New management training for immunization leaders launches in Rwanda

Published by Yale News on May 15, 2018

“This is an unprecedented opportunity,” said Erika Linnander, director of the Yale Global Health Initiative (GHLI), during her opening remarks at the recent launch in Kigali, Rwanda of a new immunization program. “I see such an exceptionally diverse group here today to help support this program — nurses, managers, policymakers, government officials, development partners, physicians, and educators. This coming together in support of improved management and leadership is fundamental to the achievement of global health targets.” …

“Thoughtful leadership and effective management practices are necessary to strategically and equitably improve health systems, including making sure vaccines reach children in every corner of the world,” said UGHE Vice Chancellor Dr. Agnes Binagwaho. “By hosting this forum in Rwanda, participants will train in an environment that prepares them to both address delivery challenges, as well as inspire them to improve access to high quality care.”

Read the full article here: https://news.yale.edu/2018/05/15/new-management-training-immunization-leaders-launches-rwanda

Words of Wisdom from African Women Moving the World Forward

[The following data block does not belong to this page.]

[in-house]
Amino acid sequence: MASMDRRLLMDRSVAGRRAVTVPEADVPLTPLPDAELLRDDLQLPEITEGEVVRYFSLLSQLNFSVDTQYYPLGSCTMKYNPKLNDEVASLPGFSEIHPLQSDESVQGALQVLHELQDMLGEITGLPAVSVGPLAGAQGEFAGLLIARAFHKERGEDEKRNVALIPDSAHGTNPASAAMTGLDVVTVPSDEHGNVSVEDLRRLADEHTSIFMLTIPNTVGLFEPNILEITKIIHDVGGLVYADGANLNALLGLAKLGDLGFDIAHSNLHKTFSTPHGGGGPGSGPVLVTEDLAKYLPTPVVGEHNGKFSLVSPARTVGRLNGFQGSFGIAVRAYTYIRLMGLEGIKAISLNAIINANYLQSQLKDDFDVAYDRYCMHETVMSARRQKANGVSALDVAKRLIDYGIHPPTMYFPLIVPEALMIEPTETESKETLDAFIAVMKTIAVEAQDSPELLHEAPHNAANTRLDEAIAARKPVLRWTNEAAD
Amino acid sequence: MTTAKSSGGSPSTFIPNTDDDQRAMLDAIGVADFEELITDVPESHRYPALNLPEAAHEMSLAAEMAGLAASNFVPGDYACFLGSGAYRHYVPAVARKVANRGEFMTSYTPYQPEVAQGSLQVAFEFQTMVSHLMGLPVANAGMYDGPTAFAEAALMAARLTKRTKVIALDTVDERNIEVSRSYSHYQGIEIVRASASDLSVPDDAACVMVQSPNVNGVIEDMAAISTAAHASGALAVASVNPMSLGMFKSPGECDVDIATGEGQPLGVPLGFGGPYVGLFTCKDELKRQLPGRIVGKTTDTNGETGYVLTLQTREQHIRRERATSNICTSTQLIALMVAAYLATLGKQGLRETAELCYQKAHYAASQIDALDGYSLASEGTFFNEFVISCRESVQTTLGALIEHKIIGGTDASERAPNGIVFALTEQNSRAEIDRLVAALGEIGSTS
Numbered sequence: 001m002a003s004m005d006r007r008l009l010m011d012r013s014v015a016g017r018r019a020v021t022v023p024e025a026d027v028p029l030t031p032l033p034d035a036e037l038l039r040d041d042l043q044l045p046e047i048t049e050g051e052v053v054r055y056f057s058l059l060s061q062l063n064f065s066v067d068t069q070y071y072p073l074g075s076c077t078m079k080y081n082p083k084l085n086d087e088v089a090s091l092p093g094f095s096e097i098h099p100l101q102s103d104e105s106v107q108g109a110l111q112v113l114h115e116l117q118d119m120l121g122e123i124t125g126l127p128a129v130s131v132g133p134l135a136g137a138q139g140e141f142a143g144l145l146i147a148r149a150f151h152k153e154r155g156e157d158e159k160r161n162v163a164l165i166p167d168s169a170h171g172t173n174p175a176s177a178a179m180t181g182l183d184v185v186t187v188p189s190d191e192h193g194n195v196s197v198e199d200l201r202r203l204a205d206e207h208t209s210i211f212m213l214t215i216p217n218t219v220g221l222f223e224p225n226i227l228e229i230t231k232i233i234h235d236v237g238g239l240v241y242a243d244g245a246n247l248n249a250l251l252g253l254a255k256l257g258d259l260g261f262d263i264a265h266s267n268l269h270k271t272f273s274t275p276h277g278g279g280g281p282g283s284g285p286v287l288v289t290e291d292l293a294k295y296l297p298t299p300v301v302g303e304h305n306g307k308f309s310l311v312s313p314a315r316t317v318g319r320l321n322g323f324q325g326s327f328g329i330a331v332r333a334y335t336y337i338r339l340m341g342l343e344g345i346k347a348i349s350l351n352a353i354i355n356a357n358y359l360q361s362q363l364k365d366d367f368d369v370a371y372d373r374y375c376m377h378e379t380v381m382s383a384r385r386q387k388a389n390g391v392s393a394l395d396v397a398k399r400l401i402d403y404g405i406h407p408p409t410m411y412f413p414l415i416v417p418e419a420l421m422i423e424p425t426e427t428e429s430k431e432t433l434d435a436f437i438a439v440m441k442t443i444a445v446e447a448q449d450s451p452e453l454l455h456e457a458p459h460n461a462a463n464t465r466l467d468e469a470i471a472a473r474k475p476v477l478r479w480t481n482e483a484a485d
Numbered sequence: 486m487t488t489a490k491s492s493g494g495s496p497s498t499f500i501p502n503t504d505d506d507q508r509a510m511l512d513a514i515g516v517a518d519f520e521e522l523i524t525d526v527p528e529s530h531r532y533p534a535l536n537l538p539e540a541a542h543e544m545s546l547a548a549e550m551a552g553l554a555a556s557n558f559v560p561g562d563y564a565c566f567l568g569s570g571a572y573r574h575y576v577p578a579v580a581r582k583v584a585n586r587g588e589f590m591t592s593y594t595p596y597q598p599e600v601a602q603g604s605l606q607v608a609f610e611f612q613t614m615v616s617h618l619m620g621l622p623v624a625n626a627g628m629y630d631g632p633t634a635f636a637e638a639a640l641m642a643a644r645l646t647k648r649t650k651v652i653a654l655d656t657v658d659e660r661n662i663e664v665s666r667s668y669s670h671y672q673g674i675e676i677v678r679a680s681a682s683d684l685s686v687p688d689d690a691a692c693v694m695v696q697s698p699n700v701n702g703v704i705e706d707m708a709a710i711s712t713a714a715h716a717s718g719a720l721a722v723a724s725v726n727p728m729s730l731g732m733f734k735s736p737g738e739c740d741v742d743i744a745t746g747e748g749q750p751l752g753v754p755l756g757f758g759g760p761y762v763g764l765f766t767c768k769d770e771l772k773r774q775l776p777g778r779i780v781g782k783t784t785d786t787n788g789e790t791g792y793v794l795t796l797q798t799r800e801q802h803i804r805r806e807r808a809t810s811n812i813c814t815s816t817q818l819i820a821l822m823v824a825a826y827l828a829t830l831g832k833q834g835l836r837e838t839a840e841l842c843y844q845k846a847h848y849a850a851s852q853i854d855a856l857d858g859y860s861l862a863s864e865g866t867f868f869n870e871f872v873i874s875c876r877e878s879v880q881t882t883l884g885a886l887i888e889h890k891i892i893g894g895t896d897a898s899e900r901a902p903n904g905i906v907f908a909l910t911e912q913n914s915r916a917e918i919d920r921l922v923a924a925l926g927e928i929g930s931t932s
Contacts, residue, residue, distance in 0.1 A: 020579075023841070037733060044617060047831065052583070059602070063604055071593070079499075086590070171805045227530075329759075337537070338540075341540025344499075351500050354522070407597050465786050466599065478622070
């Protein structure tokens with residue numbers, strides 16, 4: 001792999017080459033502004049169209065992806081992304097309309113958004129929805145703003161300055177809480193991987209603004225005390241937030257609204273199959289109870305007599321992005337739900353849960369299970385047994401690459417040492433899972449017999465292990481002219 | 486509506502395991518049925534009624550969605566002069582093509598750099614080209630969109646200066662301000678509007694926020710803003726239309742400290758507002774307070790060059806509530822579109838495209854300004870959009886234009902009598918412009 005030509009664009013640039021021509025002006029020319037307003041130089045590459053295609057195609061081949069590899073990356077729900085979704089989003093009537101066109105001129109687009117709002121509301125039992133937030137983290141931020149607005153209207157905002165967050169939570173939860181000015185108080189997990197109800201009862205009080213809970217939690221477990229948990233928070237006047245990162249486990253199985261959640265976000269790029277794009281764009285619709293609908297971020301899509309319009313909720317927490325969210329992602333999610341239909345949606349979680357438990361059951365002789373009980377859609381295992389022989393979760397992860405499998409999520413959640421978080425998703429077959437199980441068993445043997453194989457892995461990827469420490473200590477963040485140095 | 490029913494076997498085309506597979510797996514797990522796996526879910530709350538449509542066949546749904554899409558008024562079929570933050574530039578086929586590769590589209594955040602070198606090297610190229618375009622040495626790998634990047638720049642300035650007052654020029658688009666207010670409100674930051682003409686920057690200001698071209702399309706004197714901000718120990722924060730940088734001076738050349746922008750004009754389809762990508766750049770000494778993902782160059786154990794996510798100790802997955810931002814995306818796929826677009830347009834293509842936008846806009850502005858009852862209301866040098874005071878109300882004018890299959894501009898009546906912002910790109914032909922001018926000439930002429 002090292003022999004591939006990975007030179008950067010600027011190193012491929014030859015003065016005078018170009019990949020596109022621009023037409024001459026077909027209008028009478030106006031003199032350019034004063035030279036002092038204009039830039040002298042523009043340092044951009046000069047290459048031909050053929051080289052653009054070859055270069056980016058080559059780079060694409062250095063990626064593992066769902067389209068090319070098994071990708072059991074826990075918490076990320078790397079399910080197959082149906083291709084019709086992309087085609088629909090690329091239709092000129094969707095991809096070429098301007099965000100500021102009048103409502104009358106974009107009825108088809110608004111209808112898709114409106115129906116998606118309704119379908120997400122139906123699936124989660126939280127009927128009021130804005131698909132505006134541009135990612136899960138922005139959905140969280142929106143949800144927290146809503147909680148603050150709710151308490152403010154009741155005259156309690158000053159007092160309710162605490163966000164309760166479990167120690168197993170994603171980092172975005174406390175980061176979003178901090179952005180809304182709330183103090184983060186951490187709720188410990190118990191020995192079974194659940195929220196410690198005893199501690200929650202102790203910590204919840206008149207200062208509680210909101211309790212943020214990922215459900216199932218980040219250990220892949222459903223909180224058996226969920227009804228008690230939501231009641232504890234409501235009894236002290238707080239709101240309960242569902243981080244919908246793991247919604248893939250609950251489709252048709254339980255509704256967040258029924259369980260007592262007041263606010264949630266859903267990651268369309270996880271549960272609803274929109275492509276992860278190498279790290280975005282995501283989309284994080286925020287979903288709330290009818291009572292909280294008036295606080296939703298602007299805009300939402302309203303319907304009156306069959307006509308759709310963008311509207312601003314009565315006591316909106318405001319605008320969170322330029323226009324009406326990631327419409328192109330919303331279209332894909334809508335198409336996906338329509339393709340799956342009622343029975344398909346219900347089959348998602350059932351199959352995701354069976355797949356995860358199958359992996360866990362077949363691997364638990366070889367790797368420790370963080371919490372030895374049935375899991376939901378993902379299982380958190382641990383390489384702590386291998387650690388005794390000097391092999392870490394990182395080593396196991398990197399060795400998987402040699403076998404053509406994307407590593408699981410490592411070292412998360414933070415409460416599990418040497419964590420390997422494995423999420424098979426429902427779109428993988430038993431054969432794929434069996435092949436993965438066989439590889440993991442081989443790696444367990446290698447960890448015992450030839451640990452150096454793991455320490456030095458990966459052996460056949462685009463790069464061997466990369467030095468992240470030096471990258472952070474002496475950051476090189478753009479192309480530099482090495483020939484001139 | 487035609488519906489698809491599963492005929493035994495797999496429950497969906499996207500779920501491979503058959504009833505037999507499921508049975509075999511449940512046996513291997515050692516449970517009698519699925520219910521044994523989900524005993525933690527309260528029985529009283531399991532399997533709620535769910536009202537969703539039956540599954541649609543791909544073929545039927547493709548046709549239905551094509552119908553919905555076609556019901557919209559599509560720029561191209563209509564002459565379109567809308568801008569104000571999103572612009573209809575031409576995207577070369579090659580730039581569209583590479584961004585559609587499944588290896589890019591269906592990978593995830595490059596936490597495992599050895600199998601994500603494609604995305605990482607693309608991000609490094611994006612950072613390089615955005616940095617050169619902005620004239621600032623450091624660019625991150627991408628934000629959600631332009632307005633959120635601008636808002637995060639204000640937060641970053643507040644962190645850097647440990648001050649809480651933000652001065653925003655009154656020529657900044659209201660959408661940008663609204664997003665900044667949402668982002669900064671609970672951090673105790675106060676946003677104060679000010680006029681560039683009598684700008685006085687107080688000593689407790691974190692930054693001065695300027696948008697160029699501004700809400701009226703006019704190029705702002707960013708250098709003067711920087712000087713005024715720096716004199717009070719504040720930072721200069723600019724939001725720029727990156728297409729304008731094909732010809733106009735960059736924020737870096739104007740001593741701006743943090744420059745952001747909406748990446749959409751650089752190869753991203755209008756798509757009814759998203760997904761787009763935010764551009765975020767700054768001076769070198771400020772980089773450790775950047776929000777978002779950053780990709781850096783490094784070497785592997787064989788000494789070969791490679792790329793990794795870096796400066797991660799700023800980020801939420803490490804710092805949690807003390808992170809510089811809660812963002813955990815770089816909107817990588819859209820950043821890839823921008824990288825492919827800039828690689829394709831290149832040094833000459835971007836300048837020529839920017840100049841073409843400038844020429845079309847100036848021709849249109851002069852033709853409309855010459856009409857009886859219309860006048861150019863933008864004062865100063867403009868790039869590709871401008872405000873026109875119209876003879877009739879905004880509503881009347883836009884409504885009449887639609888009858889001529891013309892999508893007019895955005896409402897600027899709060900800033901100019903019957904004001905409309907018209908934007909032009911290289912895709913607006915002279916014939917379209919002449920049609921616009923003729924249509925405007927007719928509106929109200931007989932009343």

Published by MasterCard Foundation on April 9, 2018

By Shona Bezanson

“When African women come together to discuss transformative leadership, one can’t help but feel amazed, inspired and energized. TheAfrican Women’s Leadership Conference recently hosted by Wellesley College provided seasoned African women leaders with an opportunity to share their leadership journeys with the continent’s emerging young women leaders….

Dr. Agnes Binagwaho, a pioneer and activist in the global public health sector shone a light on gender inequity at all levels of global health. She also shared her newest project — the University of Global Health Equity, in Rwanda — a revolutionary model of health care provision that puts equity at the center. She told us: ‘find your passion. Fight for it. Be ready to die for it. It gives you life.’”

Read the full article here: http://www.mastercardfdn.org/words-of-wisdom-from-african-women-moving-the-world-forward/

African Women on Top

Published by Project Syndicate on March 8, 2018

By Shona Bezanson and Peter Materu